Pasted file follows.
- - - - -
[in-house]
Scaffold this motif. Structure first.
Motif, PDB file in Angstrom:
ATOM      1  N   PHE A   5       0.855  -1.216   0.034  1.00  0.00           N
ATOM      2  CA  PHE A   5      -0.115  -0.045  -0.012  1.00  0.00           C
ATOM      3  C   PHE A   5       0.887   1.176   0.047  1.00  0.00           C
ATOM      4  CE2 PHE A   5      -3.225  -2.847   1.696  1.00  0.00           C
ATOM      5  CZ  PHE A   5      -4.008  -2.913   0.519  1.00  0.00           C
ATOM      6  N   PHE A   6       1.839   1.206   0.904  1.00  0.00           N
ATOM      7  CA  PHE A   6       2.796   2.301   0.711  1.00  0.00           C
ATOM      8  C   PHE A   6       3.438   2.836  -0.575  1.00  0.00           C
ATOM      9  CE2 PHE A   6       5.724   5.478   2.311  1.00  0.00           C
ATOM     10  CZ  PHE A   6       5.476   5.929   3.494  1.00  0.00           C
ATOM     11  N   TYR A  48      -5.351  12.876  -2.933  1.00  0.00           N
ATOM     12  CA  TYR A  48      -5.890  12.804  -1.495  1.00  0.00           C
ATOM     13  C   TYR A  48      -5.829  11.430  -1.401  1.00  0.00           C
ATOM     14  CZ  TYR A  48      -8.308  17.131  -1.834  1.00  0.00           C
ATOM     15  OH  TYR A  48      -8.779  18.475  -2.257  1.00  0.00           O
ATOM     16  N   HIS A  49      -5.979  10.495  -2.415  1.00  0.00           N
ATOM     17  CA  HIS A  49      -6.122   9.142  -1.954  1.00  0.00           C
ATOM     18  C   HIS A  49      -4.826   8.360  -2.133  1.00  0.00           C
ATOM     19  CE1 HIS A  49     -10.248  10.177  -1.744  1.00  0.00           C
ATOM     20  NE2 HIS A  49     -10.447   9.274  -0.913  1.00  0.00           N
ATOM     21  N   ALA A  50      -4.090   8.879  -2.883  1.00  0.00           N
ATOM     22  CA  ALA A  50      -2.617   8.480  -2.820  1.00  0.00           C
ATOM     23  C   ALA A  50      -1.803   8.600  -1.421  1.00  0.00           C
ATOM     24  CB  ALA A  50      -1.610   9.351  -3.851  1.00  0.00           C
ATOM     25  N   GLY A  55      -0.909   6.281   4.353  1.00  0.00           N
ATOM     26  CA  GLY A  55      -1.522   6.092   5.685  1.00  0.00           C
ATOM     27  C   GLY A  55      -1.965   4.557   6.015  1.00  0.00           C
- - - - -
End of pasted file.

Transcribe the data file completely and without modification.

[in-house]
Scaffold this motif. Structure first.
Motif, PDB file in Angstrom:
ATOM      1  N   PHE A   5       0.855  -1.216   0.034  1.00  0.00           N
ATOM      2  CA  PHE A   5      -0.115  -0.045  -0.012  1.00  0.00           C
ATOM      3  C   PHE A   5       0.887   1.176   0.047  1.00  0.00           C
ATOM      4  CE2 PHE A   5      -3.225  -2.847   1.696  1.00  0.00           C
ATOM      5  CZ  PHE A   5      -4.008  -2.913   0.519  1.00  0.00           C
ATOM      6  N   PHE A   6       1.839   1.206   0.904  1.00  0.00           N
ATOM      7  CA  PHE A   6       2.796   2.301   0.711  1.00  0.00           C
ATOM      8  C   PHE A   6       3.438   2.836  -0.575  1.00  0.00           C
ATOM      9  CE2 PHE A   6       5.724   5.478   2.311  1.00  0.00           C
ATOM     10  CZ  PHE A   6       5.476   5.929   3.494  1.00  0.00           C
ATOM     11  N   TYR A  48      -5.351  12.876  -2.933  1.00  0.00           N
ATOM     12  CA  TYR A  48      -5.890  12.804  -1.495  1.00  0.00           C
ATOM     13  C   TYR A  48      -5.829  11.430  -1.401  1.00  0.00           C
ATOM     14  CZ  TYR A  48      -8.308  17.131  -1.834  1.00  0.00           C
ATOM     15  OH  TYR A  48      -8.779  18.475  -2.257  1.00  0.00           O
ATOM     16  N   HIS A  49      -5.979  10.495  -2.415  1.00  0.00           N
ATOM     17  CA  HIS A  49      -6.122   9.142  -1.954  1.00  0.00           C
ATOM     18  C   HIS A  49      -4.826   8.360  -2.133  1.00  0.00           C
ATOM     19  CE1 HIS A  49     -10.248  10.177  -1.744  1.00  0.00           C
ATOM     20  NE2 HIS A  49     -10.447   9.274  -0.913  1.00  0.00           N
ATOM     21  N   ALA A  50      -4.090   8.879  -2.883  1.00  0.00           N
ATOM     22  CA  ALA A  50      -2.617   8.480  -2.820  1.00  0.00           C
ATOM     23  C   ALA A  50      -1.803   8.600  -1.421  1.00  0.00           C
ATOM     24  CB  ALA A  50      -1.610   9.351  -3.851  1.00  0.00           C
ATOM     25  N   GLY A  55      -0.909   6.281   4.353  1.00  0.00           N
ATOM     26  CA  GLY A  55      -1.522   6.092   5.685  1.00  0.00           C
ATOM     27  C   GLY A  55      -1.965   4.557   6.015  1.00  0.00           C